Overcoming Prejudices and Self Acceptance-the Color Purple

1401 Words Nov 23rd, 2012 6 Pages
Overcoming Prejudices for Self Acceptance

Throughout Alice Walker’s novel, The Color Purple, the main character, Celie, reveals all of the hardships she has endured during her life. Celie confides in her younger sister, Nettie, and God to express the way she feels in certain situations. As the story progresses, Celie eventually finds her voice and breaks away from all the men who oppressed her during her life. For the duration of the novel, prejudice becomes a reoccurring theme. Not only does Celie struggle with the external prejudices of sexism and racism, but she also struggles with the internal prejudices toward herself. By using Celie’s struggles as an example, Walker teaches the reader that one must overcome prejudices in order to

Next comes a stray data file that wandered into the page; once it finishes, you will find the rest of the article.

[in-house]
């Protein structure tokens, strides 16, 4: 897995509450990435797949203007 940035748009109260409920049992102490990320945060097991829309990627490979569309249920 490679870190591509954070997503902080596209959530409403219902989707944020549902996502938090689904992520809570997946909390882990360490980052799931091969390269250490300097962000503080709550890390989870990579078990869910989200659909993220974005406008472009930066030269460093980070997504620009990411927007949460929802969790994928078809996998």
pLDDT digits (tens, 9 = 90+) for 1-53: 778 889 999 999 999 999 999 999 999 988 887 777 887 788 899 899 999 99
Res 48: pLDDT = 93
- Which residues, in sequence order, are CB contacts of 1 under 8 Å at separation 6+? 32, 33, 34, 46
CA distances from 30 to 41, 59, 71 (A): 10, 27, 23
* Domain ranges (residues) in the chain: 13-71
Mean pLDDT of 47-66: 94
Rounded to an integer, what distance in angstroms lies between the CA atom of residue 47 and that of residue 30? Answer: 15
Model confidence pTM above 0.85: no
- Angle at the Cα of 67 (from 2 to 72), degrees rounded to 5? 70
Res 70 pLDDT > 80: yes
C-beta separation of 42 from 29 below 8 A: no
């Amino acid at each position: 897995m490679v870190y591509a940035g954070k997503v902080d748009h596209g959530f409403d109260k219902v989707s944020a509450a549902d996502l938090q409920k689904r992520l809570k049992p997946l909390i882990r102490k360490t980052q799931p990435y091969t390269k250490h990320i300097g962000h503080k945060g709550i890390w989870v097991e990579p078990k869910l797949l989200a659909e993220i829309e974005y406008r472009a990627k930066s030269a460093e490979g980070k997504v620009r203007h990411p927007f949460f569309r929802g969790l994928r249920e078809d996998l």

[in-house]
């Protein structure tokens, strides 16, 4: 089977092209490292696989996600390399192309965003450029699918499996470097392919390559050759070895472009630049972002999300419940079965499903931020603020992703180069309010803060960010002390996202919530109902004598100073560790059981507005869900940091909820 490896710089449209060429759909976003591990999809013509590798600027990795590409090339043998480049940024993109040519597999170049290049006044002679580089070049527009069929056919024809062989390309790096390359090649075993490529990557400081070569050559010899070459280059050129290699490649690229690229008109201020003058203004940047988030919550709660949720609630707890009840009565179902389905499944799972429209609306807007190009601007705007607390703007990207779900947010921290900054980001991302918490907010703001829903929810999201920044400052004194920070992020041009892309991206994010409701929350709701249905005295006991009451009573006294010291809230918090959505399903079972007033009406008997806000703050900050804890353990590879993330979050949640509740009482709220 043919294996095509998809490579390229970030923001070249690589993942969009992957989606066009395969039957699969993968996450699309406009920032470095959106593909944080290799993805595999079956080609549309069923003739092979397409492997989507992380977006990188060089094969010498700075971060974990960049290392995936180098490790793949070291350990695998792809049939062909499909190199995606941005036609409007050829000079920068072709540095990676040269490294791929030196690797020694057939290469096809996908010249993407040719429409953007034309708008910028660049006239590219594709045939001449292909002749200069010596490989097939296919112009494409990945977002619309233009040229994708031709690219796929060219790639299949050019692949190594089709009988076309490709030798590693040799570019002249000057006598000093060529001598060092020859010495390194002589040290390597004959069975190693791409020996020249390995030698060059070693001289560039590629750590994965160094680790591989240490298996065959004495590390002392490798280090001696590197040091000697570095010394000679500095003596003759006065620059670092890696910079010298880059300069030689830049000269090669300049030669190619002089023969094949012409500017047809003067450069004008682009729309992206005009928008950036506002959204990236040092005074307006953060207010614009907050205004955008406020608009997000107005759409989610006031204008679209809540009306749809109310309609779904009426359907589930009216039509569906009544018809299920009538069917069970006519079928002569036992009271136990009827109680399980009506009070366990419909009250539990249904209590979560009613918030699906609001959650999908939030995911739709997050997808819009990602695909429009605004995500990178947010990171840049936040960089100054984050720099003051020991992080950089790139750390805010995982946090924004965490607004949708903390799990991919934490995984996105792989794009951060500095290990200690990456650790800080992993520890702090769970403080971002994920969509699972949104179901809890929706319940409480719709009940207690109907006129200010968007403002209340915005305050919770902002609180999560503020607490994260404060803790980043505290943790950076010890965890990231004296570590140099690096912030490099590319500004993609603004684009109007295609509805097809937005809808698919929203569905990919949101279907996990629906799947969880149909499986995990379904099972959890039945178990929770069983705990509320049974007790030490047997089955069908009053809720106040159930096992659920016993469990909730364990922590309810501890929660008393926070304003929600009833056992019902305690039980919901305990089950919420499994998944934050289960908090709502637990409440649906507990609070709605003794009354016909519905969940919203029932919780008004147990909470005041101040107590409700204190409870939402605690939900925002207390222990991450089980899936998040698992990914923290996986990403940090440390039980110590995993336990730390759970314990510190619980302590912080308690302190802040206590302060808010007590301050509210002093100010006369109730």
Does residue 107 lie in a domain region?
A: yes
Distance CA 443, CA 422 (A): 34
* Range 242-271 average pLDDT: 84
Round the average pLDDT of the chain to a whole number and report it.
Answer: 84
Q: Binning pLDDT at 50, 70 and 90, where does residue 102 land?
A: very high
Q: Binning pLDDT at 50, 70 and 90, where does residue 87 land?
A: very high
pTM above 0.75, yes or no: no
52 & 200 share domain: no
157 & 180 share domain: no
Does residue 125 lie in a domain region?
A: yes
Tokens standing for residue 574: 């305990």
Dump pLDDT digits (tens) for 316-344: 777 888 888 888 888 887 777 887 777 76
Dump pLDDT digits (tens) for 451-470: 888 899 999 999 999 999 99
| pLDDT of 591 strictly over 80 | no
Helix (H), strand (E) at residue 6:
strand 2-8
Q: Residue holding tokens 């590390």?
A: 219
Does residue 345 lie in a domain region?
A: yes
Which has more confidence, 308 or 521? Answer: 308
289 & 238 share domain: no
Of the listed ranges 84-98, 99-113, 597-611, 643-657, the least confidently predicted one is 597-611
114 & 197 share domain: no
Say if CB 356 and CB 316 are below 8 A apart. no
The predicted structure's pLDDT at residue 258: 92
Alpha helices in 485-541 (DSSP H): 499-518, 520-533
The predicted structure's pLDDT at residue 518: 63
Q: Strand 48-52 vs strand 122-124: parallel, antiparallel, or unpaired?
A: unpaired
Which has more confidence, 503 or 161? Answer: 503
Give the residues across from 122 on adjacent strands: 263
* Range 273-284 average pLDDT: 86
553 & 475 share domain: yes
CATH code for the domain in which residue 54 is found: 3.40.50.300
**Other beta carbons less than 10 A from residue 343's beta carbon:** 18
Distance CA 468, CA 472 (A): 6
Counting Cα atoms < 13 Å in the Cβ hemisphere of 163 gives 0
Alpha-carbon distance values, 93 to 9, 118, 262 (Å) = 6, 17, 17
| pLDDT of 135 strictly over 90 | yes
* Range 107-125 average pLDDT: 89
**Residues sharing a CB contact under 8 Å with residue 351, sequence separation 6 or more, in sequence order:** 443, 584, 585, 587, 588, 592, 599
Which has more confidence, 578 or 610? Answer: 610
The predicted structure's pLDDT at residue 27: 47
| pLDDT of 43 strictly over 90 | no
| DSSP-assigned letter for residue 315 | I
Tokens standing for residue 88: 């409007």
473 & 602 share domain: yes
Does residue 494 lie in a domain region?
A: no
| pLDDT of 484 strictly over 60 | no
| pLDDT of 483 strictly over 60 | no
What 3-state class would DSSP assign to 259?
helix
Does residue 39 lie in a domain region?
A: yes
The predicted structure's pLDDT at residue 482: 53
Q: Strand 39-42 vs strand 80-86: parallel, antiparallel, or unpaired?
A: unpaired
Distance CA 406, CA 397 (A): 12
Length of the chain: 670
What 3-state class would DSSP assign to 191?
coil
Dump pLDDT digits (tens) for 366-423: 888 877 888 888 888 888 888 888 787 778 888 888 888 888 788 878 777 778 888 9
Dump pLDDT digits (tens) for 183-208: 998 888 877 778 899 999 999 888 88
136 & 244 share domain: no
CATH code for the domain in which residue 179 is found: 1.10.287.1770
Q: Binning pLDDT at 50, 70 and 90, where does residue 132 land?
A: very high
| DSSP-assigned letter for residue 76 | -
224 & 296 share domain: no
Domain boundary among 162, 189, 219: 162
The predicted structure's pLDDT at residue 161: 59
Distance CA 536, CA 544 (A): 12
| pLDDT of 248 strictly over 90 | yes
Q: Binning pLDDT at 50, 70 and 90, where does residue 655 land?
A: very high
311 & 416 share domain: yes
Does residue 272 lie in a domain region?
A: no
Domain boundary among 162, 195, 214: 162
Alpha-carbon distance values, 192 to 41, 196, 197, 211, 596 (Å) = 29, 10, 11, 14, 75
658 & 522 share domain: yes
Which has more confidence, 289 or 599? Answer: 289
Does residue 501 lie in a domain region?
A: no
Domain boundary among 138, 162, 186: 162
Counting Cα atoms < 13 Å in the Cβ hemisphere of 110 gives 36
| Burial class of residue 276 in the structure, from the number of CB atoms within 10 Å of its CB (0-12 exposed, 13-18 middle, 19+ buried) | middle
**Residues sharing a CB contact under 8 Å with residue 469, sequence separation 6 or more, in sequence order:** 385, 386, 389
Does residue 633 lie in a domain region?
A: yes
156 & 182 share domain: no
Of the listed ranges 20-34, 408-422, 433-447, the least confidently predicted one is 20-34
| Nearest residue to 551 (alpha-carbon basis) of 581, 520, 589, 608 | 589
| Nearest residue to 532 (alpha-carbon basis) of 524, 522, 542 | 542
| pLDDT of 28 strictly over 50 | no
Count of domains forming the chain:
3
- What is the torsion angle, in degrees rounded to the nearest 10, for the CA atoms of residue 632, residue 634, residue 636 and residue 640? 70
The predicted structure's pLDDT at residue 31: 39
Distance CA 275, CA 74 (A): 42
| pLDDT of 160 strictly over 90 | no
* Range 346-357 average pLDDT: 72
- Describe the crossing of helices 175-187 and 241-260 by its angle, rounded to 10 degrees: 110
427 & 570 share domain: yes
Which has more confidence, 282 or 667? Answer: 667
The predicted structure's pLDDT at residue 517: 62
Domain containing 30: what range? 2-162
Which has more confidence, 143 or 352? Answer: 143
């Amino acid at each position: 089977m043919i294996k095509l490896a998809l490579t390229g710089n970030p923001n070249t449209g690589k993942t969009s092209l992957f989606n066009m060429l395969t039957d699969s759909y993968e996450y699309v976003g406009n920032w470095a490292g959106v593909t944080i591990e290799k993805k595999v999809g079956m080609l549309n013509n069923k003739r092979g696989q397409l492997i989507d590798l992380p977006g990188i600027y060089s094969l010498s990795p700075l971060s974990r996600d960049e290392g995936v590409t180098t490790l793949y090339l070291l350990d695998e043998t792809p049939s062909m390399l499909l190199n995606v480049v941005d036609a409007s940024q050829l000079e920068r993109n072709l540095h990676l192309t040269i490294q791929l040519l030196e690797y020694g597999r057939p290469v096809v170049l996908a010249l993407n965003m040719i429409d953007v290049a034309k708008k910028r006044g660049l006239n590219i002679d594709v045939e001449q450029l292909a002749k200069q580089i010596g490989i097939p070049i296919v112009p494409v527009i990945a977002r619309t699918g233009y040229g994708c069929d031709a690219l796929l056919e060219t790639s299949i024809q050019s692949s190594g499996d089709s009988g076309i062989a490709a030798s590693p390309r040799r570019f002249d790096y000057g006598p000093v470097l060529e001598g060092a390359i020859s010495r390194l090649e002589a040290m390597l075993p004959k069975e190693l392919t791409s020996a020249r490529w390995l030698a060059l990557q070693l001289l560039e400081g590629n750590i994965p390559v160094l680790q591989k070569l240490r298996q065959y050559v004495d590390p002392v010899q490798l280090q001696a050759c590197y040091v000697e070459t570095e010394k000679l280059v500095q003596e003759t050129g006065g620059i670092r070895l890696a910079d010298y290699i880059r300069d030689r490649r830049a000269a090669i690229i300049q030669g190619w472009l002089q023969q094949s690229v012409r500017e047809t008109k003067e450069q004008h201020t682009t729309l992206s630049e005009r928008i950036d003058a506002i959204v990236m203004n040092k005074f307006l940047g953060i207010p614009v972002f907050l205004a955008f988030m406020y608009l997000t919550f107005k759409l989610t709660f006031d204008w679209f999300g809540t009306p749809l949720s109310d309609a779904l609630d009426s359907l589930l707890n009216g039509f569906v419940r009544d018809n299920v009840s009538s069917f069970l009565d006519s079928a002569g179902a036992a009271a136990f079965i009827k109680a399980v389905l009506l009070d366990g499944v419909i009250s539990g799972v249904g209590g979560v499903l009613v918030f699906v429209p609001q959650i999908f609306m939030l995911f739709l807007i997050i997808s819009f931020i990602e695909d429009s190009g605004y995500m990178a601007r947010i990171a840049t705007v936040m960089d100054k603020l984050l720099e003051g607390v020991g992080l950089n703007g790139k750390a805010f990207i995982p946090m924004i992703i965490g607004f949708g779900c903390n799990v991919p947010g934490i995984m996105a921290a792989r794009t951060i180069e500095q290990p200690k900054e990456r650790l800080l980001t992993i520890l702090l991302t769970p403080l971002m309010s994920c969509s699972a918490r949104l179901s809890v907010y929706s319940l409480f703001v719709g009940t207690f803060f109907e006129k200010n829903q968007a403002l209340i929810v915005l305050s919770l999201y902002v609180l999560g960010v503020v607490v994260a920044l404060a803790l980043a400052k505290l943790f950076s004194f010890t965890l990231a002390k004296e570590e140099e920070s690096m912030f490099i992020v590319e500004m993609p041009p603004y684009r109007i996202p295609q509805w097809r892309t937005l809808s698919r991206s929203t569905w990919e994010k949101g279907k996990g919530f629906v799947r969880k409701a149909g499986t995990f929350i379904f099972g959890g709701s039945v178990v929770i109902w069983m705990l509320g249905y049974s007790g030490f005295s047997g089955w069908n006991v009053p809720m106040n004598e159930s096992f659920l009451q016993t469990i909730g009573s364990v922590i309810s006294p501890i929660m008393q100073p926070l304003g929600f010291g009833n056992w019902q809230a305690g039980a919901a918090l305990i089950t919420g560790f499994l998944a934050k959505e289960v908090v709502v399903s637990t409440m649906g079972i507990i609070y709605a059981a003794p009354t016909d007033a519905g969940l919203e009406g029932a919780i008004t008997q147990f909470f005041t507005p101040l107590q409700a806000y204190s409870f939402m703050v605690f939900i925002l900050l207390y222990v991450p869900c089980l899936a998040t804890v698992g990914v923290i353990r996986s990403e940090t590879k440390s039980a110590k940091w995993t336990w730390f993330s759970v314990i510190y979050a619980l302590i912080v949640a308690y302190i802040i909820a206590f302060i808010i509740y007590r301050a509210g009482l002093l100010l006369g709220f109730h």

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Whites and blacks could not create friendships and could not talk unless it was for business purposes. The roles of races play a major role in understanding the attitudes during this time period. With the understanding of the roles that the blacks and whites played in society, one can infer that Celie had to overcome more struggles than what she had originally dealt with in order to blossom and become herself. In ultimately finding herself at the end of the novel, Celie had to overcome the internal prejudices against herself. With the use of Shug Avery in the novel, Walker displays the hardships Celie must face with her new found sexuality. Because this relationship uses different and new feelings it “evokes so profound an erotic awakening that Celie believes she was "still a virgin" prior to it” (Hankinson). When Celie begins to have feelings for Shug, they start out innocent and then become more serious. She describes a night that they spent together when she says, “Me and Shug sound asleep. Her back to me, my arms round her waist” (Walker 116). Celie begins to allow her feelings with Shug to become reality and shows that she does not have the shy personality that everyone thinks she does. Celie breaks out of her inner prejudices again when she confides in her sister, Nettie. Celie begins to yell at the dinner table one night when she could no longer take

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